“You can still go around New York and see wall plaques for people who got awards for being good carpenters, good masons [and] ironworkers,” Anderson says.
In the 1960s, the Congress also modernized the New York Building Code to reflect “what a building component should do rather than what it shall be,” as described in Builders of New York, a history of the organization. Four NYBC presidents worked on it, including John F. Hennessy and Bradford N. Clark, who headed the Industry Building Code Advisory Committee.
Through its series of lectures, talks and forums, one can find not only the evolution of the organization’s development, but also New York City and American history reflected from the construction industry’s perspective.
The Congress hosted a forum on “The Skyscraper” in 1926, during which opposing sides debated whether it was New York’s “Worst Enemy” or “Greatest Asset.” That same year, two speakers chimed in on the advent of the five-day work-week.
A decade later, a forum debated the Works Progress Administration in an event asking, “Do We Want More WPA?” The Congress’ official position at the time, according to an archival document, endorsed “the national policy that needy unemployed should be provided for and employment given wherever feasible,” but discouraged making it permanent.
In 1937, Nelson Rockefeller and others held an event promising to reveal what went on “Behind the Scenes at Rockefeller Center.”
During World War II, the Congress investigated the fighting on many fronts: AFL president George Meany discussed “Labor’s Responsibility in the Emergency. War correspondent Cecil Brown spoke of his personal experiences in “I’ve Seen This War,” and an army lieutenant addressed how the industry could respond to the effort in the lecture “Today’s War Production Challenge.”A decade after bombs had been dropped on Hiroshima and Nagasaki, one Prof. Hubert Alyea delivered a speech about “The Atom Bomb.”
New York City’s influential urban planner Robert Moses was a regular speaker for the Congress, emerging after World War II for an event called “The Greatest Project for the New York Area – U.N.” in 1948. Later, Moses spoke about “Rebuilding New York” after the war, told the “Story of Lincoln Square” in 1956, and confronted his detractors in a speech called “The Critics Build Nothing” in 1959.
An excerpt from The Power Broker, Robert Caro’s harshly critical biography of Moses, is clipped from a New Yorker reprint in the Congress’ archives, but it is clear that Moses was a beloved figure in the NYBC.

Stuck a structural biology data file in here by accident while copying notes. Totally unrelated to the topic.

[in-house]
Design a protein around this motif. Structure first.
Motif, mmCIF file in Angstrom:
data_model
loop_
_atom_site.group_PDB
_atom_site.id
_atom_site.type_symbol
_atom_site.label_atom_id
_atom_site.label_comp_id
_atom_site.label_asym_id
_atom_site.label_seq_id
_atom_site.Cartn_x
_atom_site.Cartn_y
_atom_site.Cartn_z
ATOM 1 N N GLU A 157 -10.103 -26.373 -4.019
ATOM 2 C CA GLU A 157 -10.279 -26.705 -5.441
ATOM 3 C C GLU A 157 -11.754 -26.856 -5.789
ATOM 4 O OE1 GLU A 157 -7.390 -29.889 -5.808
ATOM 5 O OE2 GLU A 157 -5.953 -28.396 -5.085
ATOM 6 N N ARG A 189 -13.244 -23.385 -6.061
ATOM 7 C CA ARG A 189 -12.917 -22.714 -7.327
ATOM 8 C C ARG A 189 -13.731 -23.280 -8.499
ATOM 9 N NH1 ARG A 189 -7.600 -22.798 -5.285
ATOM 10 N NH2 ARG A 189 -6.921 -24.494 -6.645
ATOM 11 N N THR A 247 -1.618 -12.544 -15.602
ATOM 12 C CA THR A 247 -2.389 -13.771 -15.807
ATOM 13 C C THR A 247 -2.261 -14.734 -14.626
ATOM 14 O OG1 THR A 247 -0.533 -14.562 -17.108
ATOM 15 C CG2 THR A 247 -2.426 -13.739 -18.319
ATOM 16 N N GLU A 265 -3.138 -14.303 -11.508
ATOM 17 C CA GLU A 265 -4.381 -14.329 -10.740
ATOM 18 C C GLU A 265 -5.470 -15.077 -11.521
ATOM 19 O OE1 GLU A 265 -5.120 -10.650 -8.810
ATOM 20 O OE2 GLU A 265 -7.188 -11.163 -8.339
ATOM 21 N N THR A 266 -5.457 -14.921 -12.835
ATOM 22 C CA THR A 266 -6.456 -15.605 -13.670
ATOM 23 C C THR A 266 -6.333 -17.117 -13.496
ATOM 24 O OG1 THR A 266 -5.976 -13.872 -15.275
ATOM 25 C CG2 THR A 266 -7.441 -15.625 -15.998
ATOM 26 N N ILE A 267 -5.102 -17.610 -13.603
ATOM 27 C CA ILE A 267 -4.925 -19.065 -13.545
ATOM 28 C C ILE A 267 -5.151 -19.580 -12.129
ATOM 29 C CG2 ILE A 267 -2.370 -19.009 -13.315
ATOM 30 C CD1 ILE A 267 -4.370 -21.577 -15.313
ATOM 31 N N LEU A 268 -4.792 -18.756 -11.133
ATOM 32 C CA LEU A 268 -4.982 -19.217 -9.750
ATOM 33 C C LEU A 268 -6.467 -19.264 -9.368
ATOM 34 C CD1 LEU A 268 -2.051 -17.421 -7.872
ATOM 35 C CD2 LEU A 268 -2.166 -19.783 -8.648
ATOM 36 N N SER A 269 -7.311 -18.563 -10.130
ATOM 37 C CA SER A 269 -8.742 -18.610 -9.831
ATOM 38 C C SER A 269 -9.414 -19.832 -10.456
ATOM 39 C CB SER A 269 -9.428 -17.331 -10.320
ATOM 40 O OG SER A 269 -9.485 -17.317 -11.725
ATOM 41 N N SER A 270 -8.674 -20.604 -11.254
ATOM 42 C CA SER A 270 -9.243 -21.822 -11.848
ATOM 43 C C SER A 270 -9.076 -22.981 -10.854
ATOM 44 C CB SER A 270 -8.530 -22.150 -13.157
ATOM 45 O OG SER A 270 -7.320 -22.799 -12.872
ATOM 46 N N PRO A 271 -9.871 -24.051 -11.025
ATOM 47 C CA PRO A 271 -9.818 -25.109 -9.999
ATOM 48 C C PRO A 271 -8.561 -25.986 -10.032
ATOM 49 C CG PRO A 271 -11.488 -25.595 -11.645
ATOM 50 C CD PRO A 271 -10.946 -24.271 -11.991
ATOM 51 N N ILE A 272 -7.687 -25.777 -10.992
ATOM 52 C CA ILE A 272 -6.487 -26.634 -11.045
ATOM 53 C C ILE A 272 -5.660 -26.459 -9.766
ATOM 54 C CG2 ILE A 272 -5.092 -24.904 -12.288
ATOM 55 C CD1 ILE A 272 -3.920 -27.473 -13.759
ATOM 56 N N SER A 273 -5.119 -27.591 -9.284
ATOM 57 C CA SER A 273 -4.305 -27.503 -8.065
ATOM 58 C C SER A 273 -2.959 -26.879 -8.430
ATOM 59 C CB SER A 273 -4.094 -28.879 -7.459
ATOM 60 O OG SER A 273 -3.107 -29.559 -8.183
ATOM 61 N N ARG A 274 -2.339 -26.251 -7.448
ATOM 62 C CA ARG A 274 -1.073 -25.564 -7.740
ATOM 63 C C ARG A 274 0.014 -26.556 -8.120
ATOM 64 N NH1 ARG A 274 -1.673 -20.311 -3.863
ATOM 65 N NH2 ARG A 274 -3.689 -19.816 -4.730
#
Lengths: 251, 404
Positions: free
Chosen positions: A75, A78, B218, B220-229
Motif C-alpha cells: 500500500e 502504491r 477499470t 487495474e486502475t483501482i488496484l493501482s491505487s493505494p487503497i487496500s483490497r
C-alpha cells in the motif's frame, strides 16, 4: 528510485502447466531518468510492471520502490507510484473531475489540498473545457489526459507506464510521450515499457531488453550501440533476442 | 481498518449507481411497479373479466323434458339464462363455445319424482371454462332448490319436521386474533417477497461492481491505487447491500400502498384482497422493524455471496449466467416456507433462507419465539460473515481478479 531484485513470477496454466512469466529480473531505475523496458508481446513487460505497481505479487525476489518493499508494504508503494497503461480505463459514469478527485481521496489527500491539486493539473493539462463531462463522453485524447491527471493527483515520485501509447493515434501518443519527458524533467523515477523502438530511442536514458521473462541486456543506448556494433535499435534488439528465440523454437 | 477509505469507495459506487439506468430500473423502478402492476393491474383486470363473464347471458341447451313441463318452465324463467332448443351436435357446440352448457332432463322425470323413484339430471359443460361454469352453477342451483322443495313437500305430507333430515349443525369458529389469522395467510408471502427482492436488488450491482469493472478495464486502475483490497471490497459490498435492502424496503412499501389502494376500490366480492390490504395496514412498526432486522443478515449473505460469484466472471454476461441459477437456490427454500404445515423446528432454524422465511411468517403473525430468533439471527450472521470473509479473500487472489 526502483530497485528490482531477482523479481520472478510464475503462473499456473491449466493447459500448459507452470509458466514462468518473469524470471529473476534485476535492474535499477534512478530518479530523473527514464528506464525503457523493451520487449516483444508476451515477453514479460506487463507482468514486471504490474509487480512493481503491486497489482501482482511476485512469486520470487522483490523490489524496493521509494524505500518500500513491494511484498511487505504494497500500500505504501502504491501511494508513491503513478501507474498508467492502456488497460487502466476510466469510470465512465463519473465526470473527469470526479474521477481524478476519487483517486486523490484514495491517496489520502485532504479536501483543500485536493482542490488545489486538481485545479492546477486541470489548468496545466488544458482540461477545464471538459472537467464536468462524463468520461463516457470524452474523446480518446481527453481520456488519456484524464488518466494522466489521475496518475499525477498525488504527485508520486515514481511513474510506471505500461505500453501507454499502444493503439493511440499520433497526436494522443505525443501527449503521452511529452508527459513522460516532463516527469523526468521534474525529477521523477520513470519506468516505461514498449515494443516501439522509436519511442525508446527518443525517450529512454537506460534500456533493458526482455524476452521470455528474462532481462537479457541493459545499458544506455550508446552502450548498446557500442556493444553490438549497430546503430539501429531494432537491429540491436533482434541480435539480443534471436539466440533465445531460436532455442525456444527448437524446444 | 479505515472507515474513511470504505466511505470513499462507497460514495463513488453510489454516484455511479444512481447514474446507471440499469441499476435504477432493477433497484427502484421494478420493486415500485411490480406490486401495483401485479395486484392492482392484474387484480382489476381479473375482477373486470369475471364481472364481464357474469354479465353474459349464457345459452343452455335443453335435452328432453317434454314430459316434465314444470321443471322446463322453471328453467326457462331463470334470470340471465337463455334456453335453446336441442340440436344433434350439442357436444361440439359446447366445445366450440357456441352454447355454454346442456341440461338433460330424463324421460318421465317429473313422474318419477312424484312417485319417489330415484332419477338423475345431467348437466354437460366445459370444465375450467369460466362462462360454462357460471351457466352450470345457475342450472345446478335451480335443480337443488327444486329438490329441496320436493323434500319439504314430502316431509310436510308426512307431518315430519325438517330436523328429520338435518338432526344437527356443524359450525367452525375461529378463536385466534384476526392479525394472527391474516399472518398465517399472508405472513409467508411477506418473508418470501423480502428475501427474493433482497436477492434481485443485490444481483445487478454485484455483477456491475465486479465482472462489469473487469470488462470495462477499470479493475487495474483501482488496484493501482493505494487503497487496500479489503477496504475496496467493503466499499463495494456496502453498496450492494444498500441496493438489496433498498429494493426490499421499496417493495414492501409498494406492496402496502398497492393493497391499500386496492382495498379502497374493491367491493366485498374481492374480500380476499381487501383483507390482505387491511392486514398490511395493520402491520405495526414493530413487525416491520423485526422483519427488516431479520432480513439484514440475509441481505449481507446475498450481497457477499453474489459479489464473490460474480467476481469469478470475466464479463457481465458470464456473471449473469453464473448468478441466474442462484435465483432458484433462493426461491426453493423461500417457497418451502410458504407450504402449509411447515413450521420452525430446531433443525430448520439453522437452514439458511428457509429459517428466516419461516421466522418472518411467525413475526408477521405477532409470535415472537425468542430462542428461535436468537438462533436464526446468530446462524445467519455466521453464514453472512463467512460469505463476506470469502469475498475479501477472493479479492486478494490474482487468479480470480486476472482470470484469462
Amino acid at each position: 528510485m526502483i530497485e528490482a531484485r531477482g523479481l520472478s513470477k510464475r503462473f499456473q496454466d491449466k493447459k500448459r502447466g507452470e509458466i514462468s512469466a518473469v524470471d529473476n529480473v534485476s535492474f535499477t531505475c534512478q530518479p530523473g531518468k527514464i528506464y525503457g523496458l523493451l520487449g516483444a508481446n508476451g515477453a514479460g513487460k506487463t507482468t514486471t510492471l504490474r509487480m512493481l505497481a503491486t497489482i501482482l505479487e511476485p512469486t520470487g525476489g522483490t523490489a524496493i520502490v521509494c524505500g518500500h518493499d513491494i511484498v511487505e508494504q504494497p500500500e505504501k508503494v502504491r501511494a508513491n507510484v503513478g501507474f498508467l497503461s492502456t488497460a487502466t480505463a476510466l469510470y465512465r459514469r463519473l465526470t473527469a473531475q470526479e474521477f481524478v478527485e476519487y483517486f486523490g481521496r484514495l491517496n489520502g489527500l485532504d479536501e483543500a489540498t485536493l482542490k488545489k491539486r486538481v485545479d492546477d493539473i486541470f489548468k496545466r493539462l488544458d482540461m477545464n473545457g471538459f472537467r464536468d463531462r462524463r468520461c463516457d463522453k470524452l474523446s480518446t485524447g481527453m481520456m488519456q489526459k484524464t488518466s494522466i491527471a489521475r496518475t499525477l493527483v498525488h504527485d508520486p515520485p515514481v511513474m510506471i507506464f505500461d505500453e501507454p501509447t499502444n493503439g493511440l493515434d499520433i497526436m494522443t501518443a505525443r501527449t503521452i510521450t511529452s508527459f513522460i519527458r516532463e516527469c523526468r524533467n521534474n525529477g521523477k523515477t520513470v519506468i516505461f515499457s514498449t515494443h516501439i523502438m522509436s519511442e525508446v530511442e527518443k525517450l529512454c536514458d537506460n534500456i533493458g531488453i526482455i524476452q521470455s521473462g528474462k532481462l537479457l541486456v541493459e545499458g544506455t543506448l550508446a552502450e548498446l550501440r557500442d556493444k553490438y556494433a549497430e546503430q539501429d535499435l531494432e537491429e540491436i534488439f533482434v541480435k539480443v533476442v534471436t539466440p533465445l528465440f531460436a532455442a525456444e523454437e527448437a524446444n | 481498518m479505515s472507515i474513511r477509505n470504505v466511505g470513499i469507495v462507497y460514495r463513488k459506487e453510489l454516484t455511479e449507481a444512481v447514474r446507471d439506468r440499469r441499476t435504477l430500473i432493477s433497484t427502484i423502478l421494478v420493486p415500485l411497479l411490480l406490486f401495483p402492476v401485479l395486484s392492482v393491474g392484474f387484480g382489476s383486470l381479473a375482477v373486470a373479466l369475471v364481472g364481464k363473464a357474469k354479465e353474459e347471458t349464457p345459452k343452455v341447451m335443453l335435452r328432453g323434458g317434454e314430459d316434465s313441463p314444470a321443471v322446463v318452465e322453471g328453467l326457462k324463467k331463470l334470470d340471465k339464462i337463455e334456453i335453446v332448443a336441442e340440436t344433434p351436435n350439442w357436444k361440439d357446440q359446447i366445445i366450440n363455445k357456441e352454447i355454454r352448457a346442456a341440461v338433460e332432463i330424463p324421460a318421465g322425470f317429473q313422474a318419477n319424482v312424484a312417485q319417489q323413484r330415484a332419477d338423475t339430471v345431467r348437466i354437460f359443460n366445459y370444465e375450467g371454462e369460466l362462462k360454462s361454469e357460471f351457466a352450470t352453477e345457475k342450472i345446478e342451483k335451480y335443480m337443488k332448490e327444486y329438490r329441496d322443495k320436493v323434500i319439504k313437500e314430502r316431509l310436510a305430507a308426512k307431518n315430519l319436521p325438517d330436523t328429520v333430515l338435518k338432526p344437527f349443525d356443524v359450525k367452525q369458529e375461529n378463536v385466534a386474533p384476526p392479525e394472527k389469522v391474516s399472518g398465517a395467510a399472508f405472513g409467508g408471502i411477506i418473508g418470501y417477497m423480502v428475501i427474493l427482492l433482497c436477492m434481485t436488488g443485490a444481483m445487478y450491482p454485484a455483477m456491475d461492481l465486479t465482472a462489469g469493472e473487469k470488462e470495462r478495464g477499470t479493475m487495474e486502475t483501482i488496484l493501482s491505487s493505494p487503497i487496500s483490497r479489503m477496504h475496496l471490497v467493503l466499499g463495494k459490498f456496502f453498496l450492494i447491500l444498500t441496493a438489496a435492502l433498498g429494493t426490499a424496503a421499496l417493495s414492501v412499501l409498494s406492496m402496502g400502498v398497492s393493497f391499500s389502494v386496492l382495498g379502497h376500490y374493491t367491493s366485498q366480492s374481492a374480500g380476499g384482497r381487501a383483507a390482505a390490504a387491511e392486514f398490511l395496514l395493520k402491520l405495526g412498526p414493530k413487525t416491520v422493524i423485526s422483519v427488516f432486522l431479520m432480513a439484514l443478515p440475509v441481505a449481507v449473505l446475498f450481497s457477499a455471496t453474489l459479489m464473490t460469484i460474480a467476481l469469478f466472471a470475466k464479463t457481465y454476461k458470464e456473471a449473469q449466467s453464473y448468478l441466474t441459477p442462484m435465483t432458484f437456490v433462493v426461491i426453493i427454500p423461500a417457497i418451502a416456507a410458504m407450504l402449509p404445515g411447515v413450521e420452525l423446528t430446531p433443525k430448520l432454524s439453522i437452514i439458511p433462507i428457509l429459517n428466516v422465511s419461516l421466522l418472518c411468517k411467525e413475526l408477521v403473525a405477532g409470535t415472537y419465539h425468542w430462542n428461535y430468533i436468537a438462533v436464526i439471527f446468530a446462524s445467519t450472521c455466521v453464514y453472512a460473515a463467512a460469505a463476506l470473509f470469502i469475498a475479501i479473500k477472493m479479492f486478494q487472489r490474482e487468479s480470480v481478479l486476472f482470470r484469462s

When Moses became a lifetime NYBC member on Oct. 27, 1966, an ode to him was read at the induction ceremony, in the style of Henry Wadsworth Longfellow’s “Song of Hiawatha.” The parody poem describes the adventures of a mighty “papoose,” who thwarts the resistance of “town-trapped people” to reconstruct New York.
“Then the keen-eyed thoughtful Moses
Spanned the city’s mighty rivers,
Spanned them high with lofty bridges
Bridges costing plenty wampum;
Peanuts when compared to progress
Progress of a noble City.”
The poem shows a few recurring themes in NYBC documents of the time: Members often felt besieged by “parochial anti-progress, anti-growth forces,” to quote one official letter; they often reaffirmed their professional pride and dismissal for their detractors through artistic outlets; and these artistic expressions were often quite creative, but occasionally lapsed toward the politically-incorrect and the “gross,” to quote Richard Anderson’s description of the now-defunct Fun and Frolic Show.
Founded in 1938, Fun and Frolic was a yearly event held by The New York Building Congress that involved cartoon contests, musical theater, drag performances and, for a time, even minstrel shows.
Throughout the 1950s, the winning cartoons found in the archives reflected a side of the construction industry that brings to mind the TV show Mad Men’s depiction of the advertising world: crude, chauvinistic and sexually charged.
One cartoon depicted a woman suggestively lying face-down on a bed with a slip above her waist, a construction site in the background out the window, and a caption that reads, “For complete satisfaction… TURNER!” [emphasis in original].
Another showed a stereotypical sultan fleeing from his harem with the punchline, “There’s enough business, but how’s the service?”
For the Christmas shows, NYBC members even hired a Broadway lyricist to pen the curtain closing numbers, Coletti says. Sheet music was found in the archives parodying “There’s No Business Like Show Business”:
“There’s no peo-ple like Con-gress peo-ple
They help make this cit-y grow;
Ev-en when they’re slowed by rules and bleed-ing hearts
They find a way to win their starts.
That’s be-cause our group has got the build-ing smarts;
It’s the way they make their dough.”